097After lunch we headed over to the Nordic Heritage Museum, which showcases Seattle’s vibrant history of Nordic immigrants. Adult Education Coordinator Jeremy Ehrlich showed us around the museum, both in the public galleries and a few “backstage” peeks! We were very excited to see their textiles collection, and excursion attendees will enjoy a lesson on historic Nordic clothing along with one on preservation of textiles.

114Once we finished our visit to the museum, we headed right back to the Seattle Center to visit one of my favorite museums of all time, Chihuly Garden & Glass. We were lucky enough to enjoy a full tour of the museum with Tourism Development Sales Manager Lisa Schmidt, who gave us lots of info about glass artist Dale Chihuly—but also allowed us to quietly experience the majesty of his work! We were able to explore both inside and outside, where the glass pieces integrate seamlessly with the vegetation.

128After a stop in the gift shop (of course!), Lisa sent us on our way over to the Space Needle. The Space Needle will be an “add-on” option to the tour of Garden & Glass on Saturday—you’ll tour the museum with everyone else, but stay longer to head up 520 feet to the Observation Deck, where you’ll enjoy 360 degree views of the city. I’m a wee bit afraid of heights—but the deck is so safe that it didn’t bother me at all!

By this time, the sun had set—both literally and metaphorically on our visit! The Space Needle was our last stop on the trip. The Gates Foundation, located a short walk from the Seattle Center, will also be part of the Global Perspectives on Wellness excursion—but we were not able to fit a visit into our packed schedule!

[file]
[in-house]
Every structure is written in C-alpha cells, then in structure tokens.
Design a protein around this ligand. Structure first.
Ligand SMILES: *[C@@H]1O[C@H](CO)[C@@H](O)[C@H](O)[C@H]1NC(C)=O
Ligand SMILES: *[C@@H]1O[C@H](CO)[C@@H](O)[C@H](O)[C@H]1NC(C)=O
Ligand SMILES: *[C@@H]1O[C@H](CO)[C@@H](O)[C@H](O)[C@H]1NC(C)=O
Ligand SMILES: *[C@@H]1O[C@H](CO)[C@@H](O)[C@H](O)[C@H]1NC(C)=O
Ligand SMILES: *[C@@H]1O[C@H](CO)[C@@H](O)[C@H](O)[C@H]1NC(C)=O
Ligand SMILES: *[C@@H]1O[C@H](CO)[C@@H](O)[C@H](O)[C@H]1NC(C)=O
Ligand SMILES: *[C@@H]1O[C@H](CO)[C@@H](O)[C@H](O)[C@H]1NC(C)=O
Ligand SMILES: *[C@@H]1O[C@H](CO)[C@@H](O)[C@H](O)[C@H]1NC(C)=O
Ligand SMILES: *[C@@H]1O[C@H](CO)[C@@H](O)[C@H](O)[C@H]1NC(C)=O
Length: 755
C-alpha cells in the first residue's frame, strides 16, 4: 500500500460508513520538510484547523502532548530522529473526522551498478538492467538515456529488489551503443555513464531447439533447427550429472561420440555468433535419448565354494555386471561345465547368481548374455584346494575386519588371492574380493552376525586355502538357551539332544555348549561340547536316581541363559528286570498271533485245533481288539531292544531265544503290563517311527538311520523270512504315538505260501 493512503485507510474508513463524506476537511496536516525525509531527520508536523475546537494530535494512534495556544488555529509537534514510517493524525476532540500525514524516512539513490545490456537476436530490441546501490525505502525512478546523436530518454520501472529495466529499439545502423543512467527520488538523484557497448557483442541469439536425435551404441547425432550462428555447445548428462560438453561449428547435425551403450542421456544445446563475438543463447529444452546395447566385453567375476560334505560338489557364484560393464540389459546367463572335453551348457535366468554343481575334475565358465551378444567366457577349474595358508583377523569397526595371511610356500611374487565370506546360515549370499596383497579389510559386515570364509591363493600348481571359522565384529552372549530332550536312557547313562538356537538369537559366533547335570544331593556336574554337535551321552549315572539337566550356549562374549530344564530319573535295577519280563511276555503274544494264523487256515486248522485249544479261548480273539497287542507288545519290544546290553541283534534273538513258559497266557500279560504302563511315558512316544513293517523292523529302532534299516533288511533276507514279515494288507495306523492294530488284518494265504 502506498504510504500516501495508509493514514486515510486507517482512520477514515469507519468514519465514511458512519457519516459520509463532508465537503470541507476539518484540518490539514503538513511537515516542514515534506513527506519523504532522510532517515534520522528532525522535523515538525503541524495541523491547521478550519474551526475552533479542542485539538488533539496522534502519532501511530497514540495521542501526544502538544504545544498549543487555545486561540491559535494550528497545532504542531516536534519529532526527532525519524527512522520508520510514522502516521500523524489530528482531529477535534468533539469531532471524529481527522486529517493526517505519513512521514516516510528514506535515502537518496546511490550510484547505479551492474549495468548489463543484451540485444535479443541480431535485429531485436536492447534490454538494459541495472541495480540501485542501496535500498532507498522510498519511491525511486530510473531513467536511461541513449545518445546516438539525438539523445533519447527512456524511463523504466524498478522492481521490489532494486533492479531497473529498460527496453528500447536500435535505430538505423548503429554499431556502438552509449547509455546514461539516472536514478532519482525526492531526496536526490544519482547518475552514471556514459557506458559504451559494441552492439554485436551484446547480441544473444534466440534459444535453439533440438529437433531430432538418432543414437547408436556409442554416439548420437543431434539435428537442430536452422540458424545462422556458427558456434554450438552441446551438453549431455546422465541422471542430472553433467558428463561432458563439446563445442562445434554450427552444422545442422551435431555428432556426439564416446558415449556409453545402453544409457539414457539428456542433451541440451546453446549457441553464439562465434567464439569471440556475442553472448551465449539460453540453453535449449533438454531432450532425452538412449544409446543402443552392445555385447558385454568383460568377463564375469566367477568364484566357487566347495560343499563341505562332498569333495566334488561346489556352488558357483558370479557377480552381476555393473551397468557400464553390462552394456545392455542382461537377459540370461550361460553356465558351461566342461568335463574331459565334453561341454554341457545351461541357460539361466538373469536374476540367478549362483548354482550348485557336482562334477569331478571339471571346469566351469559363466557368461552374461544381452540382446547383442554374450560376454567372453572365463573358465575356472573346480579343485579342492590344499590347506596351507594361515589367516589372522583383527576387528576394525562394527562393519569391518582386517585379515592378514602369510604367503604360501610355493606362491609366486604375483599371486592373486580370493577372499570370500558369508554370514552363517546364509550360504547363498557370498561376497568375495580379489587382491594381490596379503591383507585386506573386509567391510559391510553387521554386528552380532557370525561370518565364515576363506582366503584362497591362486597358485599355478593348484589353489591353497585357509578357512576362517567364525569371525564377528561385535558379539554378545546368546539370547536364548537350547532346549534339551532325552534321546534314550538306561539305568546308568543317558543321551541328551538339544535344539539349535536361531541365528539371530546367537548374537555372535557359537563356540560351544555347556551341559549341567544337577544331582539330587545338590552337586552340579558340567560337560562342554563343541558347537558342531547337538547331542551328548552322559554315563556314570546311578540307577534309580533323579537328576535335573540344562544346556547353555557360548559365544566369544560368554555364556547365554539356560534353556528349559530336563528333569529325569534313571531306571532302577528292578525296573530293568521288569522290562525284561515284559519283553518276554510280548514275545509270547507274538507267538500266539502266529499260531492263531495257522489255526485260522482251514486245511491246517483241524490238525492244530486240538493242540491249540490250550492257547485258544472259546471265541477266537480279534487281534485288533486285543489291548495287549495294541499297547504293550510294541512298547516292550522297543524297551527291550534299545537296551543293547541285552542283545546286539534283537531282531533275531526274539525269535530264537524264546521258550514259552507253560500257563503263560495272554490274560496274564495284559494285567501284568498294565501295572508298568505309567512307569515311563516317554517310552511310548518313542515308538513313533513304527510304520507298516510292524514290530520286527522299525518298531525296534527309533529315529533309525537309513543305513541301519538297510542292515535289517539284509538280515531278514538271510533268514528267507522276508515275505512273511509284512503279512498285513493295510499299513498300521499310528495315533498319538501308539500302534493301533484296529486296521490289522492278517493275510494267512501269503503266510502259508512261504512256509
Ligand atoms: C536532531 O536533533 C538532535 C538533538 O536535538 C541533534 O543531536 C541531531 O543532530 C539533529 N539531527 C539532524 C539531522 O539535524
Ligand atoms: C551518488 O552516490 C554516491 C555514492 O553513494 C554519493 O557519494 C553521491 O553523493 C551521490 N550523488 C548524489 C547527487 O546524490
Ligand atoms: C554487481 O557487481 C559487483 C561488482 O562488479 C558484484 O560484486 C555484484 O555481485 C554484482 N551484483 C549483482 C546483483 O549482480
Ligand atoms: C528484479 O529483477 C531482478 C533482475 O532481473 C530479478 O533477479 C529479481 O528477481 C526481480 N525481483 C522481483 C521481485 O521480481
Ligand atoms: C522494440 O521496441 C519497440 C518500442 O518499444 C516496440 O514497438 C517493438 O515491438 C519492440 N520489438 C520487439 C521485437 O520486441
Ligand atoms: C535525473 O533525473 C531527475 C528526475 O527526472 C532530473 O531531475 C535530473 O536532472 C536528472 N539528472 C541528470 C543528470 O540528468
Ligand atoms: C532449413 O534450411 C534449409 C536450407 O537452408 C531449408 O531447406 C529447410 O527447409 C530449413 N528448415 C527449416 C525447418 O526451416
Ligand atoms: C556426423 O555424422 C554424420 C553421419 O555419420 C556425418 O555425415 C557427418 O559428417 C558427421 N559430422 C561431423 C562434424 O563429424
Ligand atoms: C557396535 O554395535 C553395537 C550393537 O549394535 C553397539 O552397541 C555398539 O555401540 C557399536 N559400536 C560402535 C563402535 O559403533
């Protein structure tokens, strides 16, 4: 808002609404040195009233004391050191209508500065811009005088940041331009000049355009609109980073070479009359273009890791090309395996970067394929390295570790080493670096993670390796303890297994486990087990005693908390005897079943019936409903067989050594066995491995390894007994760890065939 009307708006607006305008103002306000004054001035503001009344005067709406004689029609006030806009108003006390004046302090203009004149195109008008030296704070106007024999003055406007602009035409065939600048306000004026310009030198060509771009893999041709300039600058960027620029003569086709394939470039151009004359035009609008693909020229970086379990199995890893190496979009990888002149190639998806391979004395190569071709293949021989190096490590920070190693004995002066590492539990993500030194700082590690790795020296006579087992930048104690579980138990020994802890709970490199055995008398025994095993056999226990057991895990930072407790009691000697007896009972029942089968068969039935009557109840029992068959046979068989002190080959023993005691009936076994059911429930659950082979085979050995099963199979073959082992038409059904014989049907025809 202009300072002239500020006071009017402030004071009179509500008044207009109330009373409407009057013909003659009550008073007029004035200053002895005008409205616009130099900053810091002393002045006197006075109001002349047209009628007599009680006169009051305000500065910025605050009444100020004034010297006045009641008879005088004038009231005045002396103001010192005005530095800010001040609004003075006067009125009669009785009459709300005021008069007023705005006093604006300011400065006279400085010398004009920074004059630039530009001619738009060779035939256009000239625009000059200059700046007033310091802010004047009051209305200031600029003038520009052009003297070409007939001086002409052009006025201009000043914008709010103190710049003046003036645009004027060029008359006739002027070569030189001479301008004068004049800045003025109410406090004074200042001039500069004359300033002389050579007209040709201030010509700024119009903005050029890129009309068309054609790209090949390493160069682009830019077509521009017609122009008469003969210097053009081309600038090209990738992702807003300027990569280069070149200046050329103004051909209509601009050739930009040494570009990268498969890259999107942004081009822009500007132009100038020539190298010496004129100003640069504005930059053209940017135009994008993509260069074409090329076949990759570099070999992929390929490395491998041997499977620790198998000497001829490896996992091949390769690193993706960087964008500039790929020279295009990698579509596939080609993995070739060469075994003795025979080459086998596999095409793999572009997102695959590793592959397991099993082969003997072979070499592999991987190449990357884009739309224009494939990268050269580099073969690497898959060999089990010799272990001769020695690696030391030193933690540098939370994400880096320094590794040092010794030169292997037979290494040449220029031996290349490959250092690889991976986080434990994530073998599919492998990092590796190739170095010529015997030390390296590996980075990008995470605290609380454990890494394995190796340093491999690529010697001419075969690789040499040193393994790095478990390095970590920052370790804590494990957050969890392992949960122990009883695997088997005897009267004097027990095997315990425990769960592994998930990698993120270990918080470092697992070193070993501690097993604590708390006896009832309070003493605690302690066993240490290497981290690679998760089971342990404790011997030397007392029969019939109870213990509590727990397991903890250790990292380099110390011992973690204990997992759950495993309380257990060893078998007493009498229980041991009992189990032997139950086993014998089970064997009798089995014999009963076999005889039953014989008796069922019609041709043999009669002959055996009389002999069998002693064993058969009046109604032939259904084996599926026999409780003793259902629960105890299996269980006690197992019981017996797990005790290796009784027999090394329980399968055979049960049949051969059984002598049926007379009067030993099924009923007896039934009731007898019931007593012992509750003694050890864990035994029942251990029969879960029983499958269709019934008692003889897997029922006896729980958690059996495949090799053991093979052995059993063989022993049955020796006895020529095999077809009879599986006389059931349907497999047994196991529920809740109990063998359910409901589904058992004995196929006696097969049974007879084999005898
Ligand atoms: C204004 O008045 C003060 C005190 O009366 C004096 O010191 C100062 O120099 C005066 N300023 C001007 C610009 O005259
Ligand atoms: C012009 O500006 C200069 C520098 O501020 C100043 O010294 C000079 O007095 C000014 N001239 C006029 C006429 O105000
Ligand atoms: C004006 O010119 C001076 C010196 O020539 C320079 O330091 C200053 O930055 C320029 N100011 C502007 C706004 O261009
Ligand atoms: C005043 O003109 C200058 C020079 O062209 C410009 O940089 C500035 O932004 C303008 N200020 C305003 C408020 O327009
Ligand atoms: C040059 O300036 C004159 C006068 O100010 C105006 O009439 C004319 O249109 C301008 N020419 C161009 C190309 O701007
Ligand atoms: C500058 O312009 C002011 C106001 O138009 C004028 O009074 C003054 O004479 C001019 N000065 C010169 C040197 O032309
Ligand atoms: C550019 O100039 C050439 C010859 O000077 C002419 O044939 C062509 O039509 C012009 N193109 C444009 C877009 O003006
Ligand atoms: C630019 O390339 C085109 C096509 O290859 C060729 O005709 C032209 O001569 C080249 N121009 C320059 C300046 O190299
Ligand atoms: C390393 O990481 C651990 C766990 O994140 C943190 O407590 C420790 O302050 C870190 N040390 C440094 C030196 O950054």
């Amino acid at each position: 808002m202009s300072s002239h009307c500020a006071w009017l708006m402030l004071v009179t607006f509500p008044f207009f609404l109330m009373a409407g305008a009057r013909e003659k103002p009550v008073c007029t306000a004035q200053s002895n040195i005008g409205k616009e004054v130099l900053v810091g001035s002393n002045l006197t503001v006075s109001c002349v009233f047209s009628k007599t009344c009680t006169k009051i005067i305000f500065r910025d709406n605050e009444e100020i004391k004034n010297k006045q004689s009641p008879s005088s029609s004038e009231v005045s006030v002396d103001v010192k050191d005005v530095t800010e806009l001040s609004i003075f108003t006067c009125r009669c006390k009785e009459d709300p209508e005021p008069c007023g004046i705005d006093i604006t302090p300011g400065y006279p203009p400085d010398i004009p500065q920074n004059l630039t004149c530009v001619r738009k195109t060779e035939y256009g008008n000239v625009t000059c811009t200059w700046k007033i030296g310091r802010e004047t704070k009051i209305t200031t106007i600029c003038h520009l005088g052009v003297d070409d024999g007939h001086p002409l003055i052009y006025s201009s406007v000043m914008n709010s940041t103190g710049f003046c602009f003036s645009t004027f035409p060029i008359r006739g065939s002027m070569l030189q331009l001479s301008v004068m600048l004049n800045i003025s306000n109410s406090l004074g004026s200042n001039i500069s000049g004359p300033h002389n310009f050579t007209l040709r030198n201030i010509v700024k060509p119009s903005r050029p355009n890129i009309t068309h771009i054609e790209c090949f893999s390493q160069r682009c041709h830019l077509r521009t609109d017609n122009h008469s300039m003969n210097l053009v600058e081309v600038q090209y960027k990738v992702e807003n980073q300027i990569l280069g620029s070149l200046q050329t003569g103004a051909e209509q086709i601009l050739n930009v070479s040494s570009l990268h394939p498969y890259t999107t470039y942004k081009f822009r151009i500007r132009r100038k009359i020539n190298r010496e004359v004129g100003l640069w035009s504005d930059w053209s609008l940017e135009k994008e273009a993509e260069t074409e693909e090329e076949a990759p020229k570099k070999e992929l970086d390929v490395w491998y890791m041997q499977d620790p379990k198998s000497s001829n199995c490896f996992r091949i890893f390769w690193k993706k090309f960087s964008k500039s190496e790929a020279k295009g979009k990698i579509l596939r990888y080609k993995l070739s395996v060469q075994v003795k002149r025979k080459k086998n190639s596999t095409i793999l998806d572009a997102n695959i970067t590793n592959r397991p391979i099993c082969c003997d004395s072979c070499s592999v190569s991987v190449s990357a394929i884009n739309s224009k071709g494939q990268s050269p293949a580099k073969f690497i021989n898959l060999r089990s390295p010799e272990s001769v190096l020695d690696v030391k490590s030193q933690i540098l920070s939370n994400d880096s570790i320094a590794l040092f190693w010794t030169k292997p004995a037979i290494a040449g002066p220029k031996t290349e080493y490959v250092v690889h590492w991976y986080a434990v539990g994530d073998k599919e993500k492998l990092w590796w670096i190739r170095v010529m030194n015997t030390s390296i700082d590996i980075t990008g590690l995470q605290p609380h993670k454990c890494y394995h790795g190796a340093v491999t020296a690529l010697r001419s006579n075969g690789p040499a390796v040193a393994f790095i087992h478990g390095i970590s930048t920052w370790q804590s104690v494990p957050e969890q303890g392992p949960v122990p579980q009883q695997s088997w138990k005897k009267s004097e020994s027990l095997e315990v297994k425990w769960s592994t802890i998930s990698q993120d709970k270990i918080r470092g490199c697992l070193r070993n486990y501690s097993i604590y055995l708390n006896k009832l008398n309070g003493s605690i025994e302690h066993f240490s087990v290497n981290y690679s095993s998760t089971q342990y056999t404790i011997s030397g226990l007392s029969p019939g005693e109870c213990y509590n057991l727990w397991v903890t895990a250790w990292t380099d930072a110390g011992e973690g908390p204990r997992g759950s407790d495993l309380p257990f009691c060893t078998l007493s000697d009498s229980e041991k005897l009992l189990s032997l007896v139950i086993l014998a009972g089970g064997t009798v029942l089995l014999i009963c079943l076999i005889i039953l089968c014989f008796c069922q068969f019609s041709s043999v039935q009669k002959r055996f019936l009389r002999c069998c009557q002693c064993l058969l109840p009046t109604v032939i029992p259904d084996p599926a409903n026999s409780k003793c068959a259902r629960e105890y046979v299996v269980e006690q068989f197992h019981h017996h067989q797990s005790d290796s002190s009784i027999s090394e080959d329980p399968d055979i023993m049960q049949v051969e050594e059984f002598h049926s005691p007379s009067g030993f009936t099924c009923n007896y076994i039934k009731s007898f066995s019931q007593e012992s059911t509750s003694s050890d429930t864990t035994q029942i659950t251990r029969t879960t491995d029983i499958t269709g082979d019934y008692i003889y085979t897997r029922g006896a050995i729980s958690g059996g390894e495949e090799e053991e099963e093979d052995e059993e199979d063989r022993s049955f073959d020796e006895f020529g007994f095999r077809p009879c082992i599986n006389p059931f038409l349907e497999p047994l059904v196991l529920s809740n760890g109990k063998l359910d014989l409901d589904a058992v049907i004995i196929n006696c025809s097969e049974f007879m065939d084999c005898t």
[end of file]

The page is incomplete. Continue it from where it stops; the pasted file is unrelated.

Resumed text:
Finally, it was time for dinner! We headed over to my favorite Mexican restaurant, Agua Verde. If you’re taking the time to explore Seattle, I highly recommend it—particularly the Bacalao tacos, but also the mango quesadilla—if you’re eating on your own, make sure you get a half portion, as the quesadillas are huge!

IMG_4906After dinner, we headed back to the hotel, packed up our souvenirs, and headed straight to bed, as we had to leave the hotel at 5am—as you can tell from this blurry photo! We were sorry to say goodbye to Bellevue, but so excited to get into planning this year’s conference! We are SO looking forward to the 107th Annual Conference—and we hope you are too! As well, this year we have a comprehensive rundown on our website of many of the things to do in Bellevue and Seattle—along with a few fantastic deals to help you extend your trip!

Registration for the conference is now open—and the early-bird pricing is good through April 15th.  Please visit our conference site to learn more, and we hope to see you in Bellevue!


So Much to See and Do in Bellevue! Part 1

By Sara Tantillo, AAFCS Professional Development Manager

In early November 2015, Director of Professional Development and Market Research Daila Boufford and I traveled to Bellevue, Washington, to check out the AAFCS 107th Annual Conference hotel–the Hyatt Regency Bellevue on Seattle’s Eastside, learn more about the city and its surroundings, and visit the sites of our educational excursions. We had a wonderful time, and we’re so excited to share what we’ve learned with you!

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The view from the Hyatt!